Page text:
The Baltic Sea is a semi-enclosed brackish water system, with a very limited water exchange to the North Sea. Strong north–south and east–west salinity and temperature gradients, together with a peculiar coastline morphology and bottom topography generate spatially differing environmental conditions resulting in distinct local habitats with different community structures and functioning. As typical for estuaries, Baltic Sea marine and freshwater organisms are found in a regional succession with different species-specific ranges of distribution. Depending on their specific adaptation and tolerance for environmental conditions, many freshwater and marine species are at the border of their distribution ranges in the Baltic Sea and may therefore show an increased vulnerability to changes in the environment.
Around 85 million people live within the Baltic Sea catchment area, exposing the environment to numerous human induced stresses. Nutrients and pollutants enter the Baltic Sea from farmland and industry as well as discarded World War II chemical warfare agents. Eutrophication is therefore among the greatest threats to the good environmental status of the ecosystem. The Baltic Sea is exposed to a high risk of pollution from shipping accidents as it is one of the busiest shipping areas in the world. Shipping is a major vector for the introduction of non-indigenous species to the ecosystem, which may cause significant ecological impacts and have substantial socio-economic consequences. Shipping intensity has steadily increased in the Baltic Sea during recent decades and further increases are expected. Overfishing continue to be a concern in the Baltic as fishing is an important driver influencing the structure of the Baltic ecosystems. New pressures may become important and increase in the future, such as windfarms and energy pipelines. Coastal tourism is a significant pressure in certain areas (e.g. at Polish and German coasts).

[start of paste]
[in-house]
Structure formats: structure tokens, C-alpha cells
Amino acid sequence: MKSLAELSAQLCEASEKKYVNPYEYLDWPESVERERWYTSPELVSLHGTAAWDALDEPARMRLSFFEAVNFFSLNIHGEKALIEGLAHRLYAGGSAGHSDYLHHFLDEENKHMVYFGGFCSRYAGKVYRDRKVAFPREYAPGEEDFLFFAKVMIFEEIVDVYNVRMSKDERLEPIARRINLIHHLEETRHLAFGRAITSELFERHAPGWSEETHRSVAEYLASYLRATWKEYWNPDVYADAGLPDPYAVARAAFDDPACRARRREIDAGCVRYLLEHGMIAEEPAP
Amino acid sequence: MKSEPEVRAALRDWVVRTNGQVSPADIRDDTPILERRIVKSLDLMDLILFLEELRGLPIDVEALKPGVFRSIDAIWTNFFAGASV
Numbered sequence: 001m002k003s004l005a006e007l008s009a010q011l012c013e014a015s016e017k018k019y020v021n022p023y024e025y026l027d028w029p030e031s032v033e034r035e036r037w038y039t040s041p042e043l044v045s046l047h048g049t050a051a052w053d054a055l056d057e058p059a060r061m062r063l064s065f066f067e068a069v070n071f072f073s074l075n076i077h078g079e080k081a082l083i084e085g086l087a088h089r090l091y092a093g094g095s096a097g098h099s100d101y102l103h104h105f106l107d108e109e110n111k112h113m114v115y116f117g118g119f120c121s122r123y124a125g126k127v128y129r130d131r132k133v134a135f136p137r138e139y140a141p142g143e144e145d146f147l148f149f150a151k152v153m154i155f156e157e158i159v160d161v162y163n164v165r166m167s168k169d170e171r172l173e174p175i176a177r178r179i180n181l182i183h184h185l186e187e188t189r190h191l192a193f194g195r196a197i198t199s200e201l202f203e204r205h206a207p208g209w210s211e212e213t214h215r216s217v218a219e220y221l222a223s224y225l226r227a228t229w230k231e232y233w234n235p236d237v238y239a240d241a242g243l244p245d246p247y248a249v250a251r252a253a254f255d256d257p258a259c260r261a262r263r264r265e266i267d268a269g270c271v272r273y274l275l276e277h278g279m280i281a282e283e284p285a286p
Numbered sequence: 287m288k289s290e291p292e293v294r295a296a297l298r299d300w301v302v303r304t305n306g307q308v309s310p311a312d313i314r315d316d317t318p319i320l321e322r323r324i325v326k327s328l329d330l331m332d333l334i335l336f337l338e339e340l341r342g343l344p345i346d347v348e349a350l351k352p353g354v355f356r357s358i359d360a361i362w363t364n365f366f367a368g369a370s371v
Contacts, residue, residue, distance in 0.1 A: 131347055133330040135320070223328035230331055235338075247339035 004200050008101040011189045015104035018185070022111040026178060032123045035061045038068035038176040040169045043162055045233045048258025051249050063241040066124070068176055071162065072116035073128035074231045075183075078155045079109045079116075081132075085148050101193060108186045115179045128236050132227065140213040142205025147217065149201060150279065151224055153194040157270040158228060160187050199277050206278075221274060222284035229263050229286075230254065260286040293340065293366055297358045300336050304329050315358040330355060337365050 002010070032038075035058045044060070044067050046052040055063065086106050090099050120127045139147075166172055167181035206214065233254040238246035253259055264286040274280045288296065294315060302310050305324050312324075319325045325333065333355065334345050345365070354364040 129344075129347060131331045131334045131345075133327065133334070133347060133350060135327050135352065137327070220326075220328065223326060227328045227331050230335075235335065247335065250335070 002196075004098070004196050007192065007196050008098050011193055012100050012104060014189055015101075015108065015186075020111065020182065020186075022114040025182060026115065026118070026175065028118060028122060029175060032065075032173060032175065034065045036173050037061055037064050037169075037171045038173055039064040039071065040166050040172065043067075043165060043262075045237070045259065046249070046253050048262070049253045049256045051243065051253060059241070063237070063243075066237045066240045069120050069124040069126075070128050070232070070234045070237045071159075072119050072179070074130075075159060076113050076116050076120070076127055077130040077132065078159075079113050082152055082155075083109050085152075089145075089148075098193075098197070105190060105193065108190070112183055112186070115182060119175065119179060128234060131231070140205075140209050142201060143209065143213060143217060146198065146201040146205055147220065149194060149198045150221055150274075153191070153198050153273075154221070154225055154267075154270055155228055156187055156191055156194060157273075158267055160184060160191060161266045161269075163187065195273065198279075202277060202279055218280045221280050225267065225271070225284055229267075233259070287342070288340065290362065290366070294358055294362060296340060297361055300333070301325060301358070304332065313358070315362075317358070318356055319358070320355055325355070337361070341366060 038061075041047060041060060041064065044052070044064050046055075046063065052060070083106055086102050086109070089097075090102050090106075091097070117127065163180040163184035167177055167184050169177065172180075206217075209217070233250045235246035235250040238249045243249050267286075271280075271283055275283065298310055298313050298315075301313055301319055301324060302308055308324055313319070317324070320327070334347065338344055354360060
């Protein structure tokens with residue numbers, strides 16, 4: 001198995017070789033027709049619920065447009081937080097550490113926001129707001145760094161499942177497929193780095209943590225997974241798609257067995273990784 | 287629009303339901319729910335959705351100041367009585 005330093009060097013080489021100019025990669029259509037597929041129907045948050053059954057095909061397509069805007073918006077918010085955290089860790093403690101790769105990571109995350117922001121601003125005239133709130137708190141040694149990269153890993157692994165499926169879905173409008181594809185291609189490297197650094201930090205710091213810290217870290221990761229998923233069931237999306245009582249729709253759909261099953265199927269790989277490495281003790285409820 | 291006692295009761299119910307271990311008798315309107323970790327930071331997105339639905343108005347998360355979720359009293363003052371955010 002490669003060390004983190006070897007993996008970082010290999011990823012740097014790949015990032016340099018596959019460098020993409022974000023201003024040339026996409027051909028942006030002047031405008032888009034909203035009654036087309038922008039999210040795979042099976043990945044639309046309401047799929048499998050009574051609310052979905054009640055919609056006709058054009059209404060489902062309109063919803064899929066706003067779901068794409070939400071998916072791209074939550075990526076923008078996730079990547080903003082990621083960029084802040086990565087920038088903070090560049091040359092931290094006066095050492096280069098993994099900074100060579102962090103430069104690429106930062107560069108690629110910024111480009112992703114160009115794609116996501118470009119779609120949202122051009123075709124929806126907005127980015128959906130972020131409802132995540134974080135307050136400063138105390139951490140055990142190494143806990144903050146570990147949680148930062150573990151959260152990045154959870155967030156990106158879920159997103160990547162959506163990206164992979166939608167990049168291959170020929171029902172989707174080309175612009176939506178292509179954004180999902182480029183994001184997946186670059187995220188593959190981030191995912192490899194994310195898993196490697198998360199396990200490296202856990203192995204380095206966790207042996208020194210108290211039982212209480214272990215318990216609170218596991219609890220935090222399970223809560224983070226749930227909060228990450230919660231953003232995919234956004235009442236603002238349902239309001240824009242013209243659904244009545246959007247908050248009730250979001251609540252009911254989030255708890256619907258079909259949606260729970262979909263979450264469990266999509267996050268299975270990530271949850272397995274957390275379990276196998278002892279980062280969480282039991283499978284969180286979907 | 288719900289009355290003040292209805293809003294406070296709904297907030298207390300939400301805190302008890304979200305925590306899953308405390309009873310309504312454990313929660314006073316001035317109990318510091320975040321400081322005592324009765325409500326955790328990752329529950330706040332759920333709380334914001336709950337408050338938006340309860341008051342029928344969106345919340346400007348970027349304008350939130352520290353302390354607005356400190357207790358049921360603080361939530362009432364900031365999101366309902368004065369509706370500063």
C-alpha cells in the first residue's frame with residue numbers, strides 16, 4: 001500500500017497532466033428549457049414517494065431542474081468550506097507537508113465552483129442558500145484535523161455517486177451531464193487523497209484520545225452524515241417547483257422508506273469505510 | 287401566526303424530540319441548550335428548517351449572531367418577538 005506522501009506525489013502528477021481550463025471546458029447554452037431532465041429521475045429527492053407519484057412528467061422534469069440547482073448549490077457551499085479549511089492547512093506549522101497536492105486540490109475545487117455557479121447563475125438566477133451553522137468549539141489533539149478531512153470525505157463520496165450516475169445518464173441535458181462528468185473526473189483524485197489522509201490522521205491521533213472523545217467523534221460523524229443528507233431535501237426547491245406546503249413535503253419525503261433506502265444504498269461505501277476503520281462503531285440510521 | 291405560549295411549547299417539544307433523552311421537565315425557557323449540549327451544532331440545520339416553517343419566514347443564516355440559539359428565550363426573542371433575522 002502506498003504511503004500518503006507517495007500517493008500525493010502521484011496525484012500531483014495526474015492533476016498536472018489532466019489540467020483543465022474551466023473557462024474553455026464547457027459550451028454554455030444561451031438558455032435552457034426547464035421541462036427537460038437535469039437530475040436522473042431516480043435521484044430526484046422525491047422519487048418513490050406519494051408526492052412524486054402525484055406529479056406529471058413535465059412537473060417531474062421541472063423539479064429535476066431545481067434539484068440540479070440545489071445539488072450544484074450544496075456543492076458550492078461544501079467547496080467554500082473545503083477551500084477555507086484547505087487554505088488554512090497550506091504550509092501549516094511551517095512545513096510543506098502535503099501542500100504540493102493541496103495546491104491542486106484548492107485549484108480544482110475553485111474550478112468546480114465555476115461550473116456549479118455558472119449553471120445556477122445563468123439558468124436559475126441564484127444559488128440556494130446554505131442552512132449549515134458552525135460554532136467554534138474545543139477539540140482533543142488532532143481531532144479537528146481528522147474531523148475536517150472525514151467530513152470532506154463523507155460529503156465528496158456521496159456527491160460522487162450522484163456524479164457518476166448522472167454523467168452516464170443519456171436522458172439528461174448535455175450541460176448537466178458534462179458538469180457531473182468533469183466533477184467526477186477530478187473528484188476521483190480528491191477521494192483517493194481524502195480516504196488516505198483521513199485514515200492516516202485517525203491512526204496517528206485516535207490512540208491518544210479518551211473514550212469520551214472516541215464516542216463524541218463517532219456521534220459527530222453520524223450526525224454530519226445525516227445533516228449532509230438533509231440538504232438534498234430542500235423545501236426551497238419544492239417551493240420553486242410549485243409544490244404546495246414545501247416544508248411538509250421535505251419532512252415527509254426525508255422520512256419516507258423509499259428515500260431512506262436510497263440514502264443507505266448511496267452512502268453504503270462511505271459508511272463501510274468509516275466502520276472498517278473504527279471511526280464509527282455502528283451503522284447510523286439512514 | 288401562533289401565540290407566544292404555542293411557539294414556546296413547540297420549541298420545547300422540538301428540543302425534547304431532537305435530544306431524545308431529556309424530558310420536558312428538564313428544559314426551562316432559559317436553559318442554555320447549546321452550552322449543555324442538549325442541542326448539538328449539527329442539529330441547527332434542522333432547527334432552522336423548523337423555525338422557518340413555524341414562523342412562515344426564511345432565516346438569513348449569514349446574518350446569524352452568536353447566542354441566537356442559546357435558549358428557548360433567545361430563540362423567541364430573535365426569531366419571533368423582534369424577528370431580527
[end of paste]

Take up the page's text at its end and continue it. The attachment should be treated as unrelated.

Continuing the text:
VECTORS research has focused on improving our understanding of the mechanisms by which human drivers and climate change impact on the Baltic Sea’s ecosystems. Research approaches have included experimental laboratory and field case studies, application of molecular methods, statistical analyses of time series of monitoring data, stakeholder interviews and different modelling approaches. Our research has used local case studies to enhance in-depth understanding of the ecological processes and the provision of ecosystem services at finer scales. Baltic wide activities have focused on addressing more generic questions (e.g. in relation to eutrophication, biological invasions, and distribution of major fish stocks); and holistic approaches have explicitly considered the spatial heterogeneity and marine spatial planning needs in the Baltic Sea.
A full understanding of the Baltic Sea systems in connection with relevant societal needs, uses and interactions is necessary for broader marine management and maritime spatial planning. It is important to evaluate the costs and benefits of ecosystem goods and services to manage them sustainably. Increasing pressures from eutrophication, climate change, pollution, fisheries, transport/shipping, renewable energy exploitation, and tourism induce major environmental and socio-economic impacts. Some of these pressures can be managed at local levels, but several of them require a regional management approach. Furthermore, national activities may have trans-boundary effects on the ecosystem as a whole. VECTORS results and scenarios of future changes can support decision makers in their management plans for a sustainable marine environment in the Baltic Sea. VECTORS has improved our understanding of how people perceive ecosystem changes and what is considered as important by societies. The outcomes of Baltic Sea case studies will contribute to improving scientific and applied methods in order to evaluate different marine and maritime policy options.